Sexual assault is by far and wide one of the most heinous acts of criminal behavior known to the human race, and the damages you may endure in a sexual assault case reflect this. In this article, our sexual assault attorneys in San Diego will highlight the different types of damages that may be available to you.
Generally speaking, and in regard to civil cases, three primary types of damages can be collected: economic, punitive, and non-economic. Economic damages are easier to quantify and are designed to compensate you for financial losses you’ve suffered due to your injuries.
Punitive and non-economic damages, however, aren’t as easily quantifiable, and their extent generally depends on the nature of the crime committed. Punitive damage are intended to punish the defendant and to deter future conduct. General damages are to account for the victim’s pain and mental suffering.
Read on to learn more about the damages that may be awarded to the plaintiff in a sexual assault case.
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Before we discuss the potential extent of damages awarded to plaintiffs in sexual assault cases, let us clarify the prominent differences between civil and criminal sexual assault cases.
Criminal sexual assault cases are crimes committed against a victim that are then prosecuted by the government. The government is responsible for gathering evidence against the defendant and then convincing a jury beyond a reasonable doubt that the defendant did in fact commit the crime. The end goal of a criminal prosecution is punishment in the form of prison and jail sentences.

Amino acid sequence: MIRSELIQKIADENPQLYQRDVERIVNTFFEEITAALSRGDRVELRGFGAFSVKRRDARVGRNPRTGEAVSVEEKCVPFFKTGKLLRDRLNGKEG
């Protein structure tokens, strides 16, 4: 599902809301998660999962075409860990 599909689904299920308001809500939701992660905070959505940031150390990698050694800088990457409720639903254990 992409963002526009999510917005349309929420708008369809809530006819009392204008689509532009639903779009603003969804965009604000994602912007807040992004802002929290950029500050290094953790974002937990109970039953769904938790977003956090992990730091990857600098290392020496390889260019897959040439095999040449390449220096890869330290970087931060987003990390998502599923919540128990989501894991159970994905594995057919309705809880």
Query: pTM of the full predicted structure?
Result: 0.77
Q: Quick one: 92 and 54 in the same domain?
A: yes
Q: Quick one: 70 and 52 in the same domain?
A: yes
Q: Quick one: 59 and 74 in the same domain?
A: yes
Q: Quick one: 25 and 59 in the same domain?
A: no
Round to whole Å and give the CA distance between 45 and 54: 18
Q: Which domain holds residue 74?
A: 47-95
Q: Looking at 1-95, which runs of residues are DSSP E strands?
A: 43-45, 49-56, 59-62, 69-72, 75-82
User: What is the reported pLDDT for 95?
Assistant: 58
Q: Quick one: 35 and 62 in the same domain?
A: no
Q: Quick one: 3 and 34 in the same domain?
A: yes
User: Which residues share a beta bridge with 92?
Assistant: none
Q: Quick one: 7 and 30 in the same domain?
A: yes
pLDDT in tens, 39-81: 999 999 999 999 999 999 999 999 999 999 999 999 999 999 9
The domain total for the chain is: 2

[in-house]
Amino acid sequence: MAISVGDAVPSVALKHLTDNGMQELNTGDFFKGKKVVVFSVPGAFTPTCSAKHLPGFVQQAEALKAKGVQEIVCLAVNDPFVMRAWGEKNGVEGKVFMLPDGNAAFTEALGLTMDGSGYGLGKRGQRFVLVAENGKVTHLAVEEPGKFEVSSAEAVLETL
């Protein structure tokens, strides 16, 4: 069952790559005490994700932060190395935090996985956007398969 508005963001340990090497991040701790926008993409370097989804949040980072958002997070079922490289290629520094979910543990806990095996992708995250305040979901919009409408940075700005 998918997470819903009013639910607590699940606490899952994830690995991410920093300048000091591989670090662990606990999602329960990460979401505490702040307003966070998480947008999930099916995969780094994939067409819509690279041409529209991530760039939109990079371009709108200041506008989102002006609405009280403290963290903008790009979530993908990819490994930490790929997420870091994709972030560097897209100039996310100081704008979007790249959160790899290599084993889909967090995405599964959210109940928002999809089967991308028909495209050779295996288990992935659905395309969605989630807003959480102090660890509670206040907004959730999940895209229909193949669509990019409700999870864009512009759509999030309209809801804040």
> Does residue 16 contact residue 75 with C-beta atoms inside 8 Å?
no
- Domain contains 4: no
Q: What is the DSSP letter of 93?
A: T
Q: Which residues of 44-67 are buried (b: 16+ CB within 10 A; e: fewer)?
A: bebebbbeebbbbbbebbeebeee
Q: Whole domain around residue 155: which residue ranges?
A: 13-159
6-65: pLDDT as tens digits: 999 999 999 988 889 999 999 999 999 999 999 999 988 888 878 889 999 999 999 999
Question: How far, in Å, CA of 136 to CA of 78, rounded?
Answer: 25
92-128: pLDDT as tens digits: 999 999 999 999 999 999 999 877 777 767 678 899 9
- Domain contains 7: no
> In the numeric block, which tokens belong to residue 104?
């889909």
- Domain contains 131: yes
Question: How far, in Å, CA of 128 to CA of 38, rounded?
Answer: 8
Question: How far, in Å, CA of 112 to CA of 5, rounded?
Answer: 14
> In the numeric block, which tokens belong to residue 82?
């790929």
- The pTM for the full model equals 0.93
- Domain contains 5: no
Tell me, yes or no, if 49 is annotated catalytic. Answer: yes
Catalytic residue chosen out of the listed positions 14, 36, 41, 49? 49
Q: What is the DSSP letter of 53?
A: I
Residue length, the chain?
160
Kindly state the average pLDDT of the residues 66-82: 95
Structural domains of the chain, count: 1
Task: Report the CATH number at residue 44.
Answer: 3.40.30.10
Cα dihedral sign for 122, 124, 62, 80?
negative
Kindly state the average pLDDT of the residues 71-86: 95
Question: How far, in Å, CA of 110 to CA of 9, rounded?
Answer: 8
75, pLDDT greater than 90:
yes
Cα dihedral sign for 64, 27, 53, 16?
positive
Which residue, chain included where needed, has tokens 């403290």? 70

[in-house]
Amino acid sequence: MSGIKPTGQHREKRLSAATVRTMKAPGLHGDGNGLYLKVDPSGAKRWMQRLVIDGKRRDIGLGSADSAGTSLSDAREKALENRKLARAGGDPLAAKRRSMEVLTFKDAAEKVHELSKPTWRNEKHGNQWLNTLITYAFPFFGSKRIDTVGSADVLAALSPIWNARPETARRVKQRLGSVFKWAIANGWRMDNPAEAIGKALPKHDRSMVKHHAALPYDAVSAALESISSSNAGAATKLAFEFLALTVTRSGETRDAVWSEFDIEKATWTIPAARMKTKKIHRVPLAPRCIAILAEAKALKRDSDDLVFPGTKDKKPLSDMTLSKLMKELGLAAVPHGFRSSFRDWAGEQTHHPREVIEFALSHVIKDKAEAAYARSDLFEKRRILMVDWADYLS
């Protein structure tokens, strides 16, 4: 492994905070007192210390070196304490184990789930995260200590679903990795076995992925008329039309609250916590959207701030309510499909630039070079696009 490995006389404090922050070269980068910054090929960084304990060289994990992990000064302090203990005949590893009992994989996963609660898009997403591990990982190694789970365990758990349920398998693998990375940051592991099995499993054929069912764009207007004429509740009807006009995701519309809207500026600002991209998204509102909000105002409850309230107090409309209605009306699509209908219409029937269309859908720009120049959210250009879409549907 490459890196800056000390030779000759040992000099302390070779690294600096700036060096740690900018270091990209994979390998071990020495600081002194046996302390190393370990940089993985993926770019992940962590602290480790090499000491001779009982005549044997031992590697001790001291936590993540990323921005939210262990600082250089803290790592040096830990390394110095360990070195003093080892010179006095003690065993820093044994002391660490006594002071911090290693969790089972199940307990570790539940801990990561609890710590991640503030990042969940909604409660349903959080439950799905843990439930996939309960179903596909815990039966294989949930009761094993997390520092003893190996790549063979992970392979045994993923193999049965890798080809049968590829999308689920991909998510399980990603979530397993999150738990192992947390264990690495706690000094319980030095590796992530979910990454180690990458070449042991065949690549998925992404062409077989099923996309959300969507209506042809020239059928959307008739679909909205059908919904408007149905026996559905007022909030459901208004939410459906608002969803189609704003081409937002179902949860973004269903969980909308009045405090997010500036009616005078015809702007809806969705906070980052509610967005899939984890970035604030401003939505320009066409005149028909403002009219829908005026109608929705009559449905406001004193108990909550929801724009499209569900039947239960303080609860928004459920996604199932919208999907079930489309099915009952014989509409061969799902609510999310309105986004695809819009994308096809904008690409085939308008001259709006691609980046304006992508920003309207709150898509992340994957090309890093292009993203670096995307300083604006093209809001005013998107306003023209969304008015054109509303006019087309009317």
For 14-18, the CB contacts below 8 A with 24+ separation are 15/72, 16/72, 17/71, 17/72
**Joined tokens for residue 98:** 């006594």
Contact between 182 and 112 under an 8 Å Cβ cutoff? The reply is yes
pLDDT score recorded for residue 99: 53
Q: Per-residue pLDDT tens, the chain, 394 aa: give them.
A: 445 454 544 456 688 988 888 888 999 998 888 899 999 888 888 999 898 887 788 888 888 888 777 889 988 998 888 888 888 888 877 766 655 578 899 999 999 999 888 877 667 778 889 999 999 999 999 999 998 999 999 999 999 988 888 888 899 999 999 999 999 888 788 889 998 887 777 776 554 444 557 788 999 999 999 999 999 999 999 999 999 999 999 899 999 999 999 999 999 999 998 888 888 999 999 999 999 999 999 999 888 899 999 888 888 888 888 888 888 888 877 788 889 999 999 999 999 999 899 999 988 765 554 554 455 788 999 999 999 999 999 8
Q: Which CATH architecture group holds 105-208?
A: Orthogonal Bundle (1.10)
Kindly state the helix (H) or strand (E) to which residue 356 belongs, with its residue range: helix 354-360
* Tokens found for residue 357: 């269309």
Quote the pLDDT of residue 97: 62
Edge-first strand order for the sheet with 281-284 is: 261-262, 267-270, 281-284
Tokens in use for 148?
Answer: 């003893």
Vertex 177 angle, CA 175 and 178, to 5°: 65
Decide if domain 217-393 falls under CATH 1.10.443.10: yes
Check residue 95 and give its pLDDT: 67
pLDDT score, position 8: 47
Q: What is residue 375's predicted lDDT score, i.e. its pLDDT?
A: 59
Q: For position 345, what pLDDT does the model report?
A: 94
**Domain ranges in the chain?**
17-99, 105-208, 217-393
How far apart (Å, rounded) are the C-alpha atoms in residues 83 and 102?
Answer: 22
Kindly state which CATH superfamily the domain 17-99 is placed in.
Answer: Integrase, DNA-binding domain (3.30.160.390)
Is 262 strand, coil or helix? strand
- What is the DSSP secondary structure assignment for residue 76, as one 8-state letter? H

The prosecution’s burden of proof in criminal sexual assault cases is greater as the defendant’s guilt must be proven “beyond a reasonable doubt.” A guilty verdict for the defendant also means a criminal record.
In contrast, civil sexual assault cases are brought to court by the plaintiff, and the plaintiff only needs to prove that the defendant committed a sexual assault by a preponderance of evidence. In other words, the plaintiff needs to prove by 50.01% (more likely than not) that the defendant’s intentional actions were the direct cause of the plaintiff’s injuries and harm.
Sexual assault is generally classified as an intentional tort in civil court, meaning the defendant consciously inflicted harm upon the plaintiff. A verdict in favor of the plaintiff in civil court does not result in a criminal conviction for the defendant, but rather civil (monetary) liability.
To collect the most damages, the plaintiff must file their sexual assault case in a civil court under an assault and battery or intentional infliction of emotional distress cause of action. Like other civil cases, the following types of damages may be awarded:
- Economic damages: These are quantifiable financial losses that occurred as a direct result of the plaintiff’s injuries. They may include medical costs, lost wages, and out-of-pocket legal fees.
- Non-economic damages: These are not as easy to quantify but are distinct from punitive damages. These may include but are not limited to damages related to your mental anguish and pain and suffering caused by your injuries.
- Punitive damages: Also known as exemplary damages, punitive damages are any payouts the defendant makes to the plaintiff as punishment for their actions. These damages are meant to deter future conduct by impacting the defendant’s finances. However, these can depend on the defendant’s finances and are not as easy to quantify.
Although not as common in other types of civil cases, punitive damages are especially common in sexual assault cases: The court awards them to the plaintiff to make an example out of the defendant to try and deter any further sexual assault crimes from happening in the area.
If you’re unsure whether you have grounds for a sexual assault case in either civil or criminal court, you should enlist the help of an experienced sexual assault attorney. We will provide guidance and assistance for you every step of the way.